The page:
For the things you don’t already know – there’s an app for that

2 min read

I thought it may be cool to check out what some app developers out there are coming up with. The Prior Knowledge app seemed to be a good one to take a closer look at.

Knowledge is king, and we all have a little part of us that wishes we could predict the future. Well, mystical fortune tellers aside; what if there was a way?

Prior Knowledge runs Veritable – a system expertly designed for making pretty good predictions based on tabular data. Whether it’s predictive time tracking, product recommendations, purchase predictions or disease predictions you’re after, this is a great solution to getting your hands on the information you don’t have.

“With the release of Veritable, every developer can now be a data scientist” says CEO and co-founder Eric Jonas.

What makes Veritable stand out from the prediction engine crowd is that it learns a “joint model” of the data. This means it can make predictions about any combination of columns in an analysis, given values for any other combination of columns.

Also, it isn’t swayed by missing data. From incomplete web profiles to missing answers in survey results, the issue of missing data is bound to come up. Unfortunately, many statistical and machine learning approaches expect a complete table, which normally results in an individual guessing the missing values or just throwing the incomplete rows out; neither of which is helpful in achieving accurate results. Veritable, however, has a unique way of “filling in the blanks”, considering every possible value in that space and weighing it up accordingly. A much better option. The Prior Knowledge blog covers a little more about these benefits.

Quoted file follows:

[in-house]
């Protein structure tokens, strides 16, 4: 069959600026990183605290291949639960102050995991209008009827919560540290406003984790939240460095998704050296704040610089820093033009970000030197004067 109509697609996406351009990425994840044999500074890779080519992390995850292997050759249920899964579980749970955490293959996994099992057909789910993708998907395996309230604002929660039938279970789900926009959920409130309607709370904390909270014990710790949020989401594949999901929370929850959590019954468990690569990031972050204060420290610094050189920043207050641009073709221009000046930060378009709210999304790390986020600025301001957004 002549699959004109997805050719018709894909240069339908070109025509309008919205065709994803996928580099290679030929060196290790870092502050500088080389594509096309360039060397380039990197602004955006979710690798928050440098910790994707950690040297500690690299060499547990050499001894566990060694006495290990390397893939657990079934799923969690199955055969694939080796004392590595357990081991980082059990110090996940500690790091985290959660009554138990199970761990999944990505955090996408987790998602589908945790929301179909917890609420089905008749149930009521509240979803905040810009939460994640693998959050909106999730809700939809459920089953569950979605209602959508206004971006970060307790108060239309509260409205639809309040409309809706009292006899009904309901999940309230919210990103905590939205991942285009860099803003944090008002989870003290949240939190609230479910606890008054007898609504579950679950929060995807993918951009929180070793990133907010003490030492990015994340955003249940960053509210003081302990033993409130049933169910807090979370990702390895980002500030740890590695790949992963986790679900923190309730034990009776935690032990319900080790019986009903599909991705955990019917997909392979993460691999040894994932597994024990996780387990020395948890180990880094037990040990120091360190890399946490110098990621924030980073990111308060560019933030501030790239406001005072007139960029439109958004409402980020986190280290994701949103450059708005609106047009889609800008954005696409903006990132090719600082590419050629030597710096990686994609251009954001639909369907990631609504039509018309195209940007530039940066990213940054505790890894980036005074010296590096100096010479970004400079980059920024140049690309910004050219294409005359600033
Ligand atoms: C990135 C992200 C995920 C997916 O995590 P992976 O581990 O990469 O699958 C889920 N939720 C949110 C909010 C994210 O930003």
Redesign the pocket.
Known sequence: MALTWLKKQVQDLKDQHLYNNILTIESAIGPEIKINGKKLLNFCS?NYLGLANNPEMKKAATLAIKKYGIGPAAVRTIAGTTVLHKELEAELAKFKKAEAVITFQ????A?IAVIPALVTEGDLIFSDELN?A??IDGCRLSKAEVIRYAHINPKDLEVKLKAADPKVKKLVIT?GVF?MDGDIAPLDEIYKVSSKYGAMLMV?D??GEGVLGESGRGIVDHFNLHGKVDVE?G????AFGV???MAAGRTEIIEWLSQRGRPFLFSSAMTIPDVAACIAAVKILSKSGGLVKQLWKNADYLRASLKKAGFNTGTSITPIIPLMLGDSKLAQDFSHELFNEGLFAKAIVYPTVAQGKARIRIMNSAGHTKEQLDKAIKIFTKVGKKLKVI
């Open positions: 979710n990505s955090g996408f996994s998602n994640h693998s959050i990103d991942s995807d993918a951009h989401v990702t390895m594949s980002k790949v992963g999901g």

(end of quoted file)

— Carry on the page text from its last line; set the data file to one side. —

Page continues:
In a nutshell, Prior Knowledge’s Veritable is a predictive database that finds the causes behind data and uses these causes to predict and explain the future in an easy to use and highly effective way. A pretty cool addition to the world of app development.

Veritable is currently accessible through a RESTful HTTP interface, and via Ruby and Python client libraries.

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